Published: February 17, 2010
Just over 34 overs were possible on the crucial fourth day’s play at the Eden Gardens due to rain and bad light interruptions. South Africans lost three big wickets in the little phases of play which included that of Graeme Smith, Jacques Kallis and the first innings centurion Alviro Peteresen. The Indian spin duo of Harbhajan Singh (1 for 31 in 13 overs) and Amit Mishra (2 for 15 in 7 overs) are posing a lot of problems to the batsmen on a responsive pitch.
Play on the fourth day was delayed due to wet outfield caused by the overnight showers. The first session could start at only 10:30 AM and was of just an hour’s length. Graeme Smith and Alviro Petersen looked solid in that period until Amit Mishra was introduced into the bowling attack just moments before the lunch break. Graeme Smith (20 from 33 balls) did the mistake of playing across the line to an off and middle stump leg break from Mishra to miss it and get plumb in front of the sticks. It was only the first ball of the spell for Mishra, bowling from over the sticks and getting the ball to turn in sharply and Smith paid the mistake for closing the bat face too soon.
South Africa went to lunch at 39 for 1 in 14 overs. Just three overs after lunch, Harbhajan reduced them to 54 for 2 by bowling a turning and jumping off break that caught the bat pad edge of Alviro Petersen (21 from 51 balls) for short leg. Badrinath was the catcher who timed his jump properly and kept his eyes on the ball all the time to take it on the second attempt.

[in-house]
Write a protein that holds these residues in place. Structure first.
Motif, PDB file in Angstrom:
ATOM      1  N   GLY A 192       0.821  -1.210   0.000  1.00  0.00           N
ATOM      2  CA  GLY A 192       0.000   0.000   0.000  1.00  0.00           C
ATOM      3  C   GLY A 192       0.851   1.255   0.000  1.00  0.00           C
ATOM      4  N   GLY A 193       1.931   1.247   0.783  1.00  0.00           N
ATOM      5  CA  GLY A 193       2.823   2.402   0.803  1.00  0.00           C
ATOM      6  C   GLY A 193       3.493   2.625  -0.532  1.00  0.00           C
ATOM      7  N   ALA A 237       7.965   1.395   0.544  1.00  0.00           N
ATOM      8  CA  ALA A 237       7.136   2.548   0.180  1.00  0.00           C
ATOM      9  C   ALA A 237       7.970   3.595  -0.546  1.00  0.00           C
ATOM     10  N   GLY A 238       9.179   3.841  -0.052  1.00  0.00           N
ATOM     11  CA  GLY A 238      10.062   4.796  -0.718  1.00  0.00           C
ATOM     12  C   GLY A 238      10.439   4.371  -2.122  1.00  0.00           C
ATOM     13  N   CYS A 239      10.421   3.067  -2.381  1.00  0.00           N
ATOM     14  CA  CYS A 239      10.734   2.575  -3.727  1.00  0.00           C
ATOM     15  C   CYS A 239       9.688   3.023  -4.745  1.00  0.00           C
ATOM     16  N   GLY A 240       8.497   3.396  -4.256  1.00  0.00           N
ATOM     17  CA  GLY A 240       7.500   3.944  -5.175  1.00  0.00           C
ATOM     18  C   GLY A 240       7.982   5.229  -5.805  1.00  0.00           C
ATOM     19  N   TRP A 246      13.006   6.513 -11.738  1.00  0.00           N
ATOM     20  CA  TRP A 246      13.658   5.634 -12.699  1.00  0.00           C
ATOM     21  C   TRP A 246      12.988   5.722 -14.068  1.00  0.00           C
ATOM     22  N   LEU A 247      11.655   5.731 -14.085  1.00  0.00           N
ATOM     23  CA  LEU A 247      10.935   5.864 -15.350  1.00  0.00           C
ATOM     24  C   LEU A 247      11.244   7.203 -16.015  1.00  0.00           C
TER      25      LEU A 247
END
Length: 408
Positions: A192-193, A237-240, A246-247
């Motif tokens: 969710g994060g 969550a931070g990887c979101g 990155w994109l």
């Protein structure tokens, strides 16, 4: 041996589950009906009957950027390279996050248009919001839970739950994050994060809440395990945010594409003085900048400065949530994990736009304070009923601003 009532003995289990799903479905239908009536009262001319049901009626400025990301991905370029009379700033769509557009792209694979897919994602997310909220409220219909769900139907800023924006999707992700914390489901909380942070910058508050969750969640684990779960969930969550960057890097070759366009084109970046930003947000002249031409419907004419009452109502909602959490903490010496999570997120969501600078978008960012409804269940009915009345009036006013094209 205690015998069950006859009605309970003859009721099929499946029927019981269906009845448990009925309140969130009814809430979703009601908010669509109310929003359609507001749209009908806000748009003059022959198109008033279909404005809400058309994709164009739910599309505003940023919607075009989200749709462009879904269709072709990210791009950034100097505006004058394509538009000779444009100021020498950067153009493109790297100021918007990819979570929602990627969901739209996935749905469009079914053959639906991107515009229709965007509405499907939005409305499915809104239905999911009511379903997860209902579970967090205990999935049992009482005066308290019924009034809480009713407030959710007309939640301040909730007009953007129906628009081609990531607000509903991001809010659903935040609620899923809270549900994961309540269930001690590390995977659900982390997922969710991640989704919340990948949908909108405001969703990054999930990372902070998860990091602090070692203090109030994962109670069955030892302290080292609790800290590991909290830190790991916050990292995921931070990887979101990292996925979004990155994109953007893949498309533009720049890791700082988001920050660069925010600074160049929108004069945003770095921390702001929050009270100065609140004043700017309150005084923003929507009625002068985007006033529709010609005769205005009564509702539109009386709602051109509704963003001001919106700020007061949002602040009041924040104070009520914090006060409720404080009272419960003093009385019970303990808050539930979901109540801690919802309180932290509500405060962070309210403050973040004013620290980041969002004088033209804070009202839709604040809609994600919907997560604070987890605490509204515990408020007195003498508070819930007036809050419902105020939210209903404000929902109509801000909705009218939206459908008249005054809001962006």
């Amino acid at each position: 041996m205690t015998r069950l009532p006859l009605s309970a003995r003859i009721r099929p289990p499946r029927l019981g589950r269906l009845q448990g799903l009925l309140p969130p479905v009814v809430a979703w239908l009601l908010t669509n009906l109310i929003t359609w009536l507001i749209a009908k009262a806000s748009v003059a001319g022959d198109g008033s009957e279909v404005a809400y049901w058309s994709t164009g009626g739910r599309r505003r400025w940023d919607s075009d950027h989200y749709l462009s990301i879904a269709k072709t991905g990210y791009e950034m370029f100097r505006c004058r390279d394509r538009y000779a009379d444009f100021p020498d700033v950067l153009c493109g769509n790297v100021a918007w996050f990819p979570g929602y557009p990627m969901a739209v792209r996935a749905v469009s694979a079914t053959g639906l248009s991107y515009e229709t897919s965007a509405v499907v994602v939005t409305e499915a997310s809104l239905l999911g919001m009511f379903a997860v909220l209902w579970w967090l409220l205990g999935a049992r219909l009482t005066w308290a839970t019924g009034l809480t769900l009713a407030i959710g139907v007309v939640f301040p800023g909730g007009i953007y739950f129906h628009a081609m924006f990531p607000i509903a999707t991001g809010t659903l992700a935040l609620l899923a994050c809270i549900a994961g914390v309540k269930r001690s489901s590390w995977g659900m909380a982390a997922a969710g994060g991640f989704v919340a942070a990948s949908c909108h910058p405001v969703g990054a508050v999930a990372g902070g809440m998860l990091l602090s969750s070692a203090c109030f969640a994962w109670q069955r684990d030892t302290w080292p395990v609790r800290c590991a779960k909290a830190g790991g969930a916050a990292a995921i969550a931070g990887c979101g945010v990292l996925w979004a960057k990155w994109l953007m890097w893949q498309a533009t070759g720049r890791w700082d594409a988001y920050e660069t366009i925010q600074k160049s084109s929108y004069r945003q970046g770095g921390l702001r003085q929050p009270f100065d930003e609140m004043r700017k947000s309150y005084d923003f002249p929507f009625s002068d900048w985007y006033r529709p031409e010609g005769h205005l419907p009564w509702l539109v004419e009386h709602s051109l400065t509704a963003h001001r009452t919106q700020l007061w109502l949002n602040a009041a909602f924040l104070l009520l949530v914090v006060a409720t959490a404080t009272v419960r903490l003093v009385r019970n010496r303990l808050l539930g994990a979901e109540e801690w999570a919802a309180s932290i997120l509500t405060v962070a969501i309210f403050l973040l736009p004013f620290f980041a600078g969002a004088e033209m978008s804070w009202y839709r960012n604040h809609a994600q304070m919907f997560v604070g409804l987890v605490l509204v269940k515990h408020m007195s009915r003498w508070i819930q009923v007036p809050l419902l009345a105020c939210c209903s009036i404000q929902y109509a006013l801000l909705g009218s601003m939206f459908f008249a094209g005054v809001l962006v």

After losing the second wicket, SA could bring up some sort of a fightback through Hashim Amla and Jacques Kallis. But that was shortlived as Amit Mishra got a turning leg break around middle to catch the edge off Kallis’ blade for MS Dhoni. Kallis had worked his way to 20 (from 47 balls) and was into a good looking partnership with Amla that was cut short to 57. Bad light halted play after that successful over from Mishra just around 10 minutes to go for Tea.
There was some light rain as well in the afternoon and play could resume again at only 3:30. The Indian players were very happy to have one last shot at the Proteas but all they could get in was one over before the Umpires offered light again to the batsmen! That was all for the fourth day’s play with SA hanging in there nervously at 115 for 3. Amla is the key batting on 49 (from 80 balls with 7 fours). He has got Prince, AB de Villiers, JP Duminy and the bowlers to follow.
India would be hoping for atleast 60 overs of play on the final day to take the remaining seven wickets. South Africa have a very good chance of holding on for a draw because of three quality batsmen in Amla, Prince and de Villiers. It is the bounce generated by the two spinners that is going to put them for the big test.
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